Improve writing by eliminating ambiguities

Sometimes when writing, we unintentionally create ambiguity – that is, we write a sentence that can be interpreted in more than one way.

You’ve probably ran into this when reading instructions for a do-it-yourself kit or when trying to resolve some technical issue with your computer. For example:

Put one button at another button.

Exactly what does that mean? How do you place a button “at” another button? Does one go on top of the other or next to it? Is one button moved and then replaced by the other button?

In fiction, usually the result is that one of the interpretations is humorous, which distracts the reader from focusing on the story, as it breaks the suspension of disbelief. For example:

She stood and cleaned up her glass and napkin.

Did she literally take a wash cloth to her glass and napkin or did she bring them to the kitchen sink and trash can?

Often as writers we’re too close to the text to realize that a line is ambiguous. We know in our heads what we’re trying to say and so see only that when reading a line.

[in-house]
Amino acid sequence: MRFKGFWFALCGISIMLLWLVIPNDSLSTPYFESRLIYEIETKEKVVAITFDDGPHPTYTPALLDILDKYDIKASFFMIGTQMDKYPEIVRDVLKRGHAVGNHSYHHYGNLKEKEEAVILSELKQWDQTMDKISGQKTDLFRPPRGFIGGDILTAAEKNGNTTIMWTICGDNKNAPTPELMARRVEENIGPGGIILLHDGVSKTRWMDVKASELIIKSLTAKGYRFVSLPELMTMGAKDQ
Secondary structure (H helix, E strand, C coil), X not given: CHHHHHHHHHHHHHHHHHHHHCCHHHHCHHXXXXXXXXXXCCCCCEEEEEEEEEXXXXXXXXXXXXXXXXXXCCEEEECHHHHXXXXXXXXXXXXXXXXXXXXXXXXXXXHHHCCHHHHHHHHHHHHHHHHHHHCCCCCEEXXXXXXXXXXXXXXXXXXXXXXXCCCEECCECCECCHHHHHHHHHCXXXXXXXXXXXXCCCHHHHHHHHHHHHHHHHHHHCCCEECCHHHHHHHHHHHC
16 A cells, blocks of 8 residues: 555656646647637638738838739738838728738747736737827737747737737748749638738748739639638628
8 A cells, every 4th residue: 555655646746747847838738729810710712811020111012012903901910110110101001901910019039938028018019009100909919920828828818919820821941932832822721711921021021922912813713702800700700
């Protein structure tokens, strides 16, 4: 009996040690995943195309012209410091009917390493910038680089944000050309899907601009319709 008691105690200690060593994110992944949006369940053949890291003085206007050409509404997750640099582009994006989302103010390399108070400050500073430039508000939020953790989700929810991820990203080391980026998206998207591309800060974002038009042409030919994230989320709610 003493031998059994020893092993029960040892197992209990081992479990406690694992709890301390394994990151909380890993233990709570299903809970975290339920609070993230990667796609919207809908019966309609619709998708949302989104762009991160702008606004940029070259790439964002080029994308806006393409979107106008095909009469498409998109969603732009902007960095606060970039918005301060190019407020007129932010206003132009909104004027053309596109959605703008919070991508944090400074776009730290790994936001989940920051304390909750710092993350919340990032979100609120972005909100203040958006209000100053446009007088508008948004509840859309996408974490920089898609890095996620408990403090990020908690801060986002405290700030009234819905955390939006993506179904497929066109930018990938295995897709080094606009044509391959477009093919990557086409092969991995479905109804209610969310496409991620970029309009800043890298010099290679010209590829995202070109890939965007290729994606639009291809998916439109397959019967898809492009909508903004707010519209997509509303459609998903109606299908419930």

To identify ambiguities, look for the couple of common grammar problems that often lead to them.

The first is pronoun references. In the sentence Jenny told Sandra that she was mistaken, the reader doesn’t know which one Jenny believes is mistaken – herself or Sandra. It could simply be rewritten as “I’m mistaken,” Jenny told Sandra or “You’re mistaken,” Jenny said.

A second is dangling modifiers. For example, While hiking through the mountains, a boulder rolled in front of Kris suggests that the boulder was hiking through the woods because the modifier While hiking through the woods is misplaced. Instead, restructure the sentence so that it reads While Kris hiked through the mountains, a boulder rolled in front of her.

By eliminating ambiguities, we make our writing more concise.